Immigrant rights and civil liberties groups that sued the Trump administration over the president's previous travel ban orders will seek to challenge the latest set of immigration restrictions.
In a letter filed on Friday in the US District Court for Maryland, lawyers from the American Civil Liberties Union, National Immigration Law Center, and other organizations told the judge who presided over a challenge to President Donald Trump's second travel ban order that they would be filing an updated lawsuit.
Trump's latest directive "violates the Immigration and Nationality Act and the Constitution," they wrote.
The challengers said they will also be asking for an immediate court injunction to block enforcement of the new restrictions, which Trump signed on Sept. 24 and fully go into effect on Oct. 18.
Trump's new directive — styled as a "proclamation" which carries the same legal force as an executive order — bans immigrants and many nonimmigrants from seven countries: Chad, Iran, Libya, North Korea, Somalia, Syria and Yemen. It also bans a class of Venezuelan government officials and their families traveling on certain nonimmigrant visas.
The administration said it chose those countries based on the failure of their governments to meet information-sharing requirements about immigration screening processes and travel document security. Somalia met the minimum requirements, according to administration officials, but was still included on the list because of the "threat environment" in that country.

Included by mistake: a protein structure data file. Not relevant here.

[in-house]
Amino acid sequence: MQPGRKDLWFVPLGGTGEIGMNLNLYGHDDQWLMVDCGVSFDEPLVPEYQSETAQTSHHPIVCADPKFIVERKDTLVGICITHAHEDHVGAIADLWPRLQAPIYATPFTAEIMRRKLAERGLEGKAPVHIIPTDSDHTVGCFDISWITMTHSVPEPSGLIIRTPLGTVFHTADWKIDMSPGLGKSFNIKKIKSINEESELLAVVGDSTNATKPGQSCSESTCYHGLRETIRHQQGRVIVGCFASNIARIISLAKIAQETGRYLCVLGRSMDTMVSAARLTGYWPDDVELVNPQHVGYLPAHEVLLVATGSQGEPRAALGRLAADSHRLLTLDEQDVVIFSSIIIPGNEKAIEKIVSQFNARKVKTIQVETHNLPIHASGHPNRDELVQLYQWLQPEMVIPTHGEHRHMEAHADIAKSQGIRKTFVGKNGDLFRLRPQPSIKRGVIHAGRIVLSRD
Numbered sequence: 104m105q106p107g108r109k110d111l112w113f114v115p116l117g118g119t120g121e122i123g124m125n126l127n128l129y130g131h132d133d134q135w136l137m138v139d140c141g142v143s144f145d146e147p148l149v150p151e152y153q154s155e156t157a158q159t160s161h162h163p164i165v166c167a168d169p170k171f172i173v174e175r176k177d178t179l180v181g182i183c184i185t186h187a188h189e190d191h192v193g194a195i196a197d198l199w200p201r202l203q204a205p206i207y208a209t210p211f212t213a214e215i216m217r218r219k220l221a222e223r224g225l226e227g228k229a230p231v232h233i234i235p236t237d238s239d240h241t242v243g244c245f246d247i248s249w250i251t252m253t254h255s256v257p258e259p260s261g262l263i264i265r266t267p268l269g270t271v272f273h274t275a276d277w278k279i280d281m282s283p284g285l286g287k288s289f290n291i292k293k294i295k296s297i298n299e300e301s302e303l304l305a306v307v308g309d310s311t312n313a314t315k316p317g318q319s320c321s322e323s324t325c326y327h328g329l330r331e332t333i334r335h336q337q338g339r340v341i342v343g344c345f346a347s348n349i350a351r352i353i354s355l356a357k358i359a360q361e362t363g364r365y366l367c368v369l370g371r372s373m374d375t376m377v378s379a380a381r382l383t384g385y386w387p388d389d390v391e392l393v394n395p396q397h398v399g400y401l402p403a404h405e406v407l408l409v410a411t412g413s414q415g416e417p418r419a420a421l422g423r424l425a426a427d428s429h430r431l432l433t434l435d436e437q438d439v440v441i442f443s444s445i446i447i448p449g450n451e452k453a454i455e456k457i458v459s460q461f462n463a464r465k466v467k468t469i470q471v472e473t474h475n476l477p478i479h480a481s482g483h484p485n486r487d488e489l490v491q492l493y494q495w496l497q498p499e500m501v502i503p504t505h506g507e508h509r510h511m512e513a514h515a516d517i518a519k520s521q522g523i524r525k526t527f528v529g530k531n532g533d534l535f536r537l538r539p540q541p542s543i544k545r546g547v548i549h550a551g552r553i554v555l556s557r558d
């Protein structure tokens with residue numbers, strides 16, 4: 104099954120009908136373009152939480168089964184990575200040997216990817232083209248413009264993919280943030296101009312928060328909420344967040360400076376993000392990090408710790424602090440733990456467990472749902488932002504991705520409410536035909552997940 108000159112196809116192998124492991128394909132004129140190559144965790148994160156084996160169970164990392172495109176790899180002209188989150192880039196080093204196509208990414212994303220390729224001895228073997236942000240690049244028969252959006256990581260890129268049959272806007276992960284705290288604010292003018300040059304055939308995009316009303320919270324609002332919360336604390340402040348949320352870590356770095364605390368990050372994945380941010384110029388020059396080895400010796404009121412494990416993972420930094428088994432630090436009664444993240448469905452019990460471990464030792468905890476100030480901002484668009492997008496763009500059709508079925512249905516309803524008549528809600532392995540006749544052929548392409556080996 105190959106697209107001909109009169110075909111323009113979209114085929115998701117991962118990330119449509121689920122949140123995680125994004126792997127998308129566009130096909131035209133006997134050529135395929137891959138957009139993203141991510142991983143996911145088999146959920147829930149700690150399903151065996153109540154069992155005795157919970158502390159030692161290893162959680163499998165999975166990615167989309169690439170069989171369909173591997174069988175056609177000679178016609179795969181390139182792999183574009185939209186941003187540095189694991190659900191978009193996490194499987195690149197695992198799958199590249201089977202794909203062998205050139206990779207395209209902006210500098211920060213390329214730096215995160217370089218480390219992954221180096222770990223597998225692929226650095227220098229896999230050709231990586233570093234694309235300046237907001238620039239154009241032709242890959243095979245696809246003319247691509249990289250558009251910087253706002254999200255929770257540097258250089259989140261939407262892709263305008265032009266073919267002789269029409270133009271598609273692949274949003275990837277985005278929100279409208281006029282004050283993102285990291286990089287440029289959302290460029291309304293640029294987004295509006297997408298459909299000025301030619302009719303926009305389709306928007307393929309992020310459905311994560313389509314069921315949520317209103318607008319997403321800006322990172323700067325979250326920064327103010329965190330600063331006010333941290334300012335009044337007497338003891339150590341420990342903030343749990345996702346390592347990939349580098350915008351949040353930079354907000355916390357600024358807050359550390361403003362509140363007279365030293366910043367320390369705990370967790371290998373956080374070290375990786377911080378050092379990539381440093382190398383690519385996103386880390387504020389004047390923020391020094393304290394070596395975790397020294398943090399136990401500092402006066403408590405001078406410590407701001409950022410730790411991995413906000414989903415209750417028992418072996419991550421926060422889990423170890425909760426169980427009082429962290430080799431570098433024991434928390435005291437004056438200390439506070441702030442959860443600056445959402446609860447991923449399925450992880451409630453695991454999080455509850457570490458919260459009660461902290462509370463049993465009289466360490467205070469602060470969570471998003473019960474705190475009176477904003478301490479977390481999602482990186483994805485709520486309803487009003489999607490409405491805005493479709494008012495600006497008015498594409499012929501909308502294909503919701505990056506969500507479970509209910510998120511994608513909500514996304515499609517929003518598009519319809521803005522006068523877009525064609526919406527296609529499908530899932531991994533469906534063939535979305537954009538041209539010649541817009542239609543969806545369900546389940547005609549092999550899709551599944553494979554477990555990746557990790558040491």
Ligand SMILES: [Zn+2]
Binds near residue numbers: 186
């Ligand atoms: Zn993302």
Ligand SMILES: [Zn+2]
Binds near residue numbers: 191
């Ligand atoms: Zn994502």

A Justice Department spokesman said in a statement that, "The Department of Justice will continue to vigorously defend the President's inherent authority to keep this country safe."
In a change from the first two executive orders that Trump signed suspending immigration, the latest directive includes two non-Muslim-majority nations, North Korea and Venezuela. The administration also lifted travel restrictions on one country that was included in the earlier ban, Sudan. The administration has disputed that any of the president's orders on immigration, including the latest one, were rooted in anti-Muslim discrimination, but the challengers argue otherwise.
"President Trump’s newest travel ban is still a Muslim ban at its core, and it certainly engages in discrimination based on national origin, which is unlawful. Adding a few North Koreans and a tiny group of Venezuelan officials doesn’t paper over the original sin of the Muslim ban. We’ll see President Trump in court — again," ACLU executive director Anthony Romero said in a statement.
According to the letter filed by the challengers on Friday, the government doesn't object to the plaintiffs amending their earlier lawsuit to address the president's new proclamation, but will oppose the request for a preliminary injunction.